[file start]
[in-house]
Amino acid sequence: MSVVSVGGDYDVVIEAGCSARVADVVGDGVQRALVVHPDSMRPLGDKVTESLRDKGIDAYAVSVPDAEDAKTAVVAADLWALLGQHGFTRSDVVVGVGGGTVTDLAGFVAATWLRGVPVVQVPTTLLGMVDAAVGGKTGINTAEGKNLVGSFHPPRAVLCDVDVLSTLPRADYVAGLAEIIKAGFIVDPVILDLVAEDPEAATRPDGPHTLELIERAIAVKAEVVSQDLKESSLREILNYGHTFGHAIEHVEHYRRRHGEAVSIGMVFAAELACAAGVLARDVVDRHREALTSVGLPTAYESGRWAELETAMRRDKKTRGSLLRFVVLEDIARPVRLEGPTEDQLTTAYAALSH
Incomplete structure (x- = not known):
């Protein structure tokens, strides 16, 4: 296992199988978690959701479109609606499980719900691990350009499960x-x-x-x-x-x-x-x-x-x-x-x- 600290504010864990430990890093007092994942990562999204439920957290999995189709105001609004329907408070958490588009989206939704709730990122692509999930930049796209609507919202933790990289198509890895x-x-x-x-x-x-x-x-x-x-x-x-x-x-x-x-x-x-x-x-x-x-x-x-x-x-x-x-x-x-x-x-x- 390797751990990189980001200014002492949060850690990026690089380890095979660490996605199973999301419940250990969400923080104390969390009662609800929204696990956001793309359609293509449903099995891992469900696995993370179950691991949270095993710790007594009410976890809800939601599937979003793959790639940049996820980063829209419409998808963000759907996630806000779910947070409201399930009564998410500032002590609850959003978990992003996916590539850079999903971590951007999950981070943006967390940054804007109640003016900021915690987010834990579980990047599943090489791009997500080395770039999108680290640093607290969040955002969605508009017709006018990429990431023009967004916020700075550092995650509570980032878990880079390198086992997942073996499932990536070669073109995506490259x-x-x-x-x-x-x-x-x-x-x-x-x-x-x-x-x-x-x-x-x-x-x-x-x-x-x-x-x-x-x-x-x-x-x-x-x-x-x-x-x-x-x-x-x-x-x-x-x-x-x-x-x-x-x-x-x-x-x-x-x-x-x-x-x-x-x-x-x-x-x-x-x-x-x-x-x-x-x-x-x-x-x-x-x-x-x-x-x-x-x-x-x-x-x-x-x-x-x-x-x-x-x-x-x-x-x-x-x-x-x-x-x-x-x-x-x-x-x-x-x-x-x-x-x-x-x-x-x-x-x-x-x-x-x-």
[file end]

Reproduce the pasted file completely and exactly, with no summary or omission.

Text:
[in-house]
Amino acid sequence: MSVVSVGGDYDVVIEAGCSARVADVVGDGVQRALVVHPDSMRPLGDKVTESLRDKGIDAYAVSVPDAEDAKTAVVAADLWALLGQHGFTRSDVVVGVGGGTVTDLAGFVAATWLRGVPVVQVPTTLLGMVDAAVGGKTGINTAEGKNLVGSFHPPRAVLCDVDVLSTLPRADYVAGLAEIIKAGFIVDPVILDLVAEDPEAATRPDGPHTLELIERAIAVKAEVVSQDLKESSLREILNYGHTFGHAIEHVEHYRRRHGEAVSIGMVFAAELACAAGVLARDVVDRHREALTSVGLPTAYESGRWAELETAMRRDKKTRGSLLRFVVLEDIARPVRLEGPTEDQLTTAYAALSH
Incomplete structure (x- = not known):
């Protein structure tokens, strides 16, 4: 296992199988978690959701479109609606499980719900691990350009499960x-x-x-x-x-x-x-x-x-x-x-x- 600290504010864990430990890093007092994942990562999204439920957290999995189709105001609004329907408070958490588009989206939704709730990122692509999930930049796209609507919202933790990289198509890895x-x-x-x-x-x-x-x-x-x-x-x-x-x-x-x-x-x-x-x-x-x-x-x-x-x-x-x-x-x-x-x-x- 390797751990990189980001200014002492949060850690990026690089380890095979660490996605199973999301419940250990969400923080104390969390009662609800929204696990956001793309359609293509449903099995891992469900696995993370179950691991949270095993710790007594009410976890809800939601599937979003793959790639940049996820980063829209419409998808963000759907996630806000779910947070409201399930009564998410500032002590609850959003978990992003996916590539850079999903971590951007999950981070943006967390940054804007109640003016900021915690987010834990579980990047599943090489791009997500080395770039999108680290640093607290969040955002969605508009017709006018990429990431023009967004916020700075550092995650509570980032878990880079390198086992997942073996499932990536070669073109995506490259x-x-x-x-x-x-x-x-x-x-x-x-x-x-x-x-x-x-x-x-x-x-x-x-x-x-x-x-x-x-x-x-x-x-x-x-x-x-x-x-x-x-x-x-x-x-x-x-x-x-x-x-x-x-x-x-x-x-x-x-x-x-x-x-x-x-x-x-x-x-x-x-x-x-x-x-x-x-x-x-x-x-x-x-x-x-x-x-x-x-x-x-x-x-x-x-x-x-x-x-x-x-x-x-x-x-x-x-x-x-x-x-x-x-x-x-x-x-x-x-x-x-x-x-x-x-x-x-x-x-x-x-x-x-x-």